Wednesday, April 22, 2009


We are all familiar with the 23rd Psalm. Its comforting message is well known even among non-believers. This renowned psalm was written by King David, and its most famous passage is contained in the opening verse: “The Lord is my shepherd; I shall not want.”


The Hebrew word David uses for want in this verse indicates a meaning of lack. David is saying, in other words, “I shall not lack anything.” When we combine this meaning with the first part of the verse, David is saying, “The Lord leads, guides and nourishes me. And because of that, I have no lack.”


In this brief verse, David gives us yet another reflection of the Lord’s character and nature. The literal Hebrew translation of the first part of this verse is Jehovah Rohi (pronounced Je-HO-va-RO’-ee). It means “the Lord, my shepherd.”


Jehovah Rohi is not some benign, passive shepherd. He isn’t a hireling—someone who does little more than provide food and guidance. He doesn’t merely point us toward the grassy pasture and pools of water, and say, “There’s what you need. Go and get it.” Nor does he turn a blind eye to our needs. He doesn’t run the other way when he hears our cries for help and sees us in trouble. No, he knows every pain we endure, every tear we shed, every hurt we feel. He knows when we’re too weary to go another step. He knows just how much we can take. Most of all, he knows how to rescue us and bring us to a place of healing. Time after time, our shepherd comes after us, fetches us and takes us to a place of rest. He continually makes us lie down for a time of healing and restoration.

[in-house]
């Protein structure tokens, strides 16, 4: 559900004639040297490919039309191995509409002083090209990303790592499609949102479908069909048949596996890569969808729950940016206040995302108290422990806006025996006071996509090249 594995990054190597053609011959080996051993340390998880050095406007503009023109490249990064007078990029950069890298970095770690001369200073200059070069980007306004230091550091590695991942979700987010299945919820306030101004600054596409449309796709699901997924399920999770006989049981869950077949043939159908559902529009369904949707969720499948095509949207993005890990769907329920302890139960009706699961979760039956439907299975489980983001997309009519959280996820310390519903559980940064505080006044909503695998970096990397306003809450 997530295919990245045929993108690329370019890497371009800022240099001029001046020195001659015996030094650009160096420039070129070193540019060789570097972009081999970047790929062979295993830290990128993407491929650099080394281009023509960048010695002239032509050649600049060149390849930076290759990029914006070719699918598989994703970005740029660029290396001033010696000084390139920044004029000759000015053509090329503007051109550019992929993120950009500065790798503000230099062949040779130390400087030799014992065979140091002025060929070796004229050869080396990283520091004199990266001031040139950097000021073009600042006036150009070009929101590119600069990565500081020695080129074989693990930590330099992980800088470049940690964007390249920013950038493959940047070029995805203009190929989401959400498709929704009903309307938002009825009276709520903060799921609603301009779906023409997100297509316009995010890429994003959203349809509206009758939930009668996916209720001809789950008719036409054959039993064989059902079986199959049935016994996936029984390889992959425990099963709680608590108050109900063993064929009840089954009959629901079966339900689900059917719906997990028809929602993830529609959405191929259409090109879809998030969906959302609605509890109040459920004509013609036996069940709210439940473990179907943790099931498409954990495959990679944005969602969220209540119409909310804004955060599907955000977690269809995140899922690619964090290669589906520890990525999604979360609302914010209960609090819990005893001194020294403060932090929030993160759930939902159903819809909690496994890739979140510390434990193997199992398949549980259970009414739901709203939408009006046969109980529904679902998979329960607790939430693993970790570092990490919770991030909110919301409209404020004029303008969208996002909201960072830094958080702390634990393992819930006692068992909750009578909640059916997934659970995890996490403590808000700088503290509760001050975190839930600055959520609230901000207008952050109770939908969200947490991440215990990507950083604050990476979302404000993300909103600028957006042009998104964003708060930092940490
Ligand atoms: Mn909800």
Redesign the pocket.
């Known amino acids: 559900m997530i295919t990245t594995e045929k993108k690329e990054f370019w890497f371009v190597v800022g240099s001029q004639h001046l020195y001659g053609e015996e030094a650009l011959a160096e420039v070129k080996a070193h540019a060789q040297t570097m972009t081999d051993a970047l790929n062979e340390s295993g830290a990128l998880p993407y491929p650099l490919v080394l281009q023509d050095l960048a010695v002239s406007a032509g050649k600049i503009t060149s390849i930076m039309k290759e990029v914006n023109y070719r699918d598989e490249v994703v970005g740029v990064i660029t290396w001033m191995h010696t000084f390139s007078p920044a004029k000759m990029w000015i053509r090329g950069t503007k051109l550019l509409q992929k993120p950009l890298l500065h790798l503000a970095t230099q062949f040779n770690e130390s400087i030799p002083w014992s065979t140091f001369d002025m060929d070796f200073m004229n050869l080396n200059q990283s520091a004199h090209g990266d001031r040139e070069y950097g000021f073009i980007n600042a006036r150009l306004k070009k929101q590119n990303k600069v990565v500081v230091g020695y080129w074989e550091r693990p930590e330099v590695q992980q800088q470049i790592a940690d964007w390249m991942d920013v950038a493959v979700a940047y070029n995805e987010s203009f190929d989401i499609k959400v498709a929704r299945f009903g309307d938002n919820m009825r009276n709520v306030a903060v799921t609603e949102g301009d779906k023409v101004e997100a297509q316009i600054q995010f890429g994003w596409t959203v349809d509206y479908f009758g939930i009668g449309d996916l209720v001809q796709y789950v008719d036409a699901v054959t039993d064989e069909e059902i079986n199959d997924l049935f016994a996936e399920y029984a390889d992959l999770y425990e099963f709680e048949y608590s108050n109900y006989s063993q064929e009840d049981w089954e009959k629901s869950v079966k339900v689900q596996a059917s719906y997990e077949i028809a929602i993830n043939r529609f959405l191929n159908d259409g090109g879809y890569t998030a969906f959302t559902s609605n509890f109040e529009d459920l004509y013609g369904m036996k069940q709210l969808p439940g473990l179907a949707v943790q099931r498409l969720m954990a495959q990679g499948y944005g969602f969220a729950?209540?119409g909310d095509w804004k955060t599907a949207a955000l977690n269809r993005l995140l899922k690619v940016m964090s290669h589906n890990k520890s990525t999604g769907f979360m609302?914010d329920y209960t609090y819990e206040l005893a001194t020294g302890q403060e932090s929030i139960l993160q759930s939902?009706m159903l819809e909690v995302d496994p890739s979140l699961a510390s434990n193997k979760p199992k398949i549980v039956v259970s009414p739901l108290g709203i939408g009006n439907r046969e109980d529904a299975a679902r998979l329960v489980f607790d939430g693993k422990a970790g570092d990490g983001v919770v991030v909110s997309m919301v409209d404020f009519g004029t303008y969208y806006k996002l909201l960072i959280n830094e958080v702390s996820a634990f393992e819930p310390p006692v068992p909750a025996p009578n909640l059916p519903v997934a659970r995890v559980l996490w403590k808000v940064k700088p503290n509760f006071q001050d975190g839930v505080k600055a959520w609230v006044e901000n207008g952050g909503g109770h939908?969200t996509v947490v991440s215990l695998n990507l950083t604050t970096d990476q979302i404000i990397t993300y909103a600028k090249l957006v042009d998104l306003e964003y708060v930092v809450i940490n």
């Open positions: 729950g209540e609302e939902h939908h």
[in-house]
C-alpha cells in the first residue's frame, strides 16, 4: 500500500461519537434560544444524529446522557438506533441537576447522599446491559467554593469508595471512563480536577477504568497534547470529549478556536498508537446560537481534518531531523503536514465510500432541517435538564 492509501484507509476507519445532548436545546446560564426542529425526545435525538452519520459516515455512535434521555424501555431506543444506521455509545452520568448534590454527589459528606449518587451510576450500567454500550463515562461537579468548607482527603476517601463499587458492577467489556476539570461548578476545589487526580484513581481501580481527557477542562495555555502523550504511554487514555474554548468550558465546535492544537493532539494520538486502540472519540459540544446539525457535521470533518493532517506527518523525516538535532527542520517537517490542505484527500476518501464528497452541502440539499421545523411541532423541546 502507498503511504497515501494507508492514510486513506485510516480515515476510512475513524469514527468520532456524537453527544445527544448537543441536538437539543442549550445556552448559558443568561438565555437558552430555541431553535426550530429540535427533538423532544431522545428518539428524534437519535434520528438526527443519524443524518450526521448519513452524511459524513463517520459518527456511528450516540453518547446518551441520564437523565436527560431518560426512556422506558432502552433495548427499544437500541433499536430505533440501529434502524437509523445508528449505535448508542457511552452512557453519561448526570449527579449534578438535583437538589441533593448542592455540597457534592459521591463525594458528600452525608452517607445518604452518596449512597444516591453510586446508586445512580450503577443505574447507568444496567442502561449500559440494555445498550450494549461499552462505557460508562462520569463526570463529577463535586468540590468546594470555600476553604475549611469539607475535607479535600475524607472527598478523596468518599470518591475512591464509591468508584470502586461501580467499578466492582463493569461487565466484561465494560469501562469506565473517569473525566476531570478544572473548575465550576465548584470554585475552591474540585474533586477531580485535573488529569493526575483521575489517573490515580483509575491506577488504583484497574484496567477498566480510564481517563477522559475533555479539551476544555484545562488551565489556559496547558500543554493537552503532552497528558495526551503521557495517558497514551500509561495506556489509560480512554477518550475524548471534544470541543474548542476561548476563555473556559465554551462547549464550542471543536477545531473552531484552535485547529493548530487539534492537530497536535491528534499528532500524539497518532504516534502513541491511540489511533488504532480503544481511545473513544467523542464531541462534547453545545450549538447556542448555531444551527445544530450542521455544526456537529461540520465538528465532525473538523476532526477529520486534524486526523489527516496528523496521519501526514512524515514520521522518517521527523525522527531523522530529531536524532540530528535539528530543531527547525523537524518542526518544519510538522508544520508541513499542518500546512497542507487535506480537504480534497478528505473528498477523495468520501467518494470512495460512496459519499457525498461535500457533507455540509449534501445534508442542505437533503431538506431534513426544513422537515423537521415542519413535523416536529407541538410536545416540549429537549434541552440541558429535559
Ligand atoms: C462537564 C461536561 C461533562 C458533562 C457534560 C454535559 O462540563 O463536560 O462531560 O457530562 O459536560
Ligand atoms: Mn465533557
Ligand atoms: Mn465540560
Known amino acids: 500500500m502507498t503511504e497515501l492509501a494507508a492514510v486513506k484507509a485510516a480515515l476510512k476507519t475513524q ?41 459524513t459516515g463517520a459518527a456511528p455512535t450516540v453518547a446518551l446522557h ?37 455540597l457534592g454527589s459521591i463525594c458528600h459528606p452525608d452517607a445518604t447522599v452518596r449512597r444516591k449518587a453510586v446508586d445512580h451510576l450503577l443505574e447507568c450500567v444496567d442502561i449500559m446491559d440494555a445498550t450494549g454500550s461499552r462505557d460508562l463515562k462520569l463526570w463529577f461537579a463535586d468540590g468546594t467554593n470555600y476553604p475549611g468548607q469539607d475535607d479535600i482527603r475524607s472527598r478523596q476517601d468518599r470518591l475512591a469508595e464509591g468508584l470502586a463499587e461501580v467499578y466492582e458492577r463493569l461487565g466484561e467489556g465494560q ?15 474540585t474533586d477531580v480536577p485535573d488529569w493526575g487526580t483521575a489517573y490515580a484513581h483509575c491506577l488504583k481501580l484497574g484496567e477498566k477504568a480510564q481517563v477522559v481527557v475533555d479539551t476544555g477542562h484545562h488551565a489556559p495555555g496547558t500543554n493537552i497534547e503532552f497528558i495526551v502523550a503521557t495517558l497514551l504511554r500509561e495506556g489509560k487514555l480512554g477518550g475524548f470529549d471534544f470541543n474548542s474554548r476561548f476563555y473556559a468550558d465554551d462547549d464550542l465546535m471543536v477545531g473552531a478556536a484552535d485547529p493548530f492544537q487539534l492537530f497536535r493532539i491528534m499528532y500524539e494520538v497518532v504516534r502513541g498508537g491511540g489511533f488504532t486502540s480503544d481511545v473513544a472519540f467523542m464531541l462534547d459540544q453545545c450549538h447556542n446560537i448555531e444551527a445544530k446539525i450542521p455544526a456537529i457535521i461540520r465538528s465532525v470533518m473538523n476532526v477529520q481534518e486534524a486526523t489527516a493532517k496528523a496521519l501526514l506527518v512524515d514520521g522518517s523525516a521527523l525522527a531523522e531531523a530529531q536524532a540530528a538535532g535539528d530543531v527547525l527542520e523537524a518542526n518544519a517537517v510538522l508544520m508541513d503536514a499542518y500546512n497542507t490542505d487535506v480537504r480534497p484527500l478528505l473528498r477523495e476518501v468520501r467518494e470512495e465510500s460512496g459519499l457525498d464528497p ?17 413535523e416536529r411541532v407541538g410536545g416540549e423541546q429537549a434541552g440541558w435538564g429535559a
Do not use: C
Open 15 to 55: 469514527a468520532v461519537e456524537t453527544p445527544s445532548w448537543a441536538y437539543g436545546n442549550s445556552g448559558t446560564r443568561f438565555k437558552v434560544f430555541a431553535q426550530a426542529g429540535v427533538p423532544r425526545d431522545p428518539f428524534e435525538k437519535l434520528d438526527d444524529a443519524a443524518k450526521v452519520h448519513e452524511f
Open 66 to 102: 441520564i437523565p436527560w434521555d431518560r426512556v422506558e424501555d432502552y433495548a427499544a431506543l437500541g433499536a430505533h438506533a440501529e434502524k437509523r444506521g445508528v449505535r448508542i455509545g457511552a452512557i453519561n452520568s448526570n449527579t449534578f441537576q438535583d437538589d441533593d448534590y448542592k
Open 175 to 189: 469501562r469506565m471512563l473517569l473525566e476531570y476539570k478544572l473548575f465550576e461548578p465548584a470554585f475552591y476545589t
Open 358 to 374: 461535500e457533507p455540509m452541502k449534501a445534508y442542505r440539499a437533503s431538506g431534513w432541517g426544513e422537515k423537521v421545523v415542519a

Jehovah Rohi—the Lord our shepherd—is compelling us to follow him into his rest, so that he might “shekinah” in our midst. The Lord says in Exodus 29:45, “I will dwell among the children of Israel, and will be their God.” The Hebrew word for dwell here is shekinah, meaning “to abide by, or to settle down beside.” This word signifies not just a passing presence, but a permanent one—a presence that never leaves. In short, the shekinah glory of God is not a vanishing imprint that disappears from our hearts like invisible ink. No, it’s something God imprints permanently on our soul. It’s his very near and eternal presence.


The picture here is glorious: Our shepherd offers to come to us in the midst of our pain and depressed condition, and to sit by our side. He promises to bind up our wounds and strengthen the parts of us that have become sick and diseased.


That’s the shekinah glory of God: the abiding, everlasting presence of the Lord. And we often experience it when we’re in the midst of trouble. Our great shepherd tells us, “I want to restore you. And I’m going to do it by being present with you, even in the valley and shadow of death. My presence will be with you through everything the devil throws at you. Even if you try to run from me, I’m going to chase after you. And when I catch you, I am going to take you in my arms and carry you back to my rest. Then I’ll bind up your wounds and heal all your sicknesses.”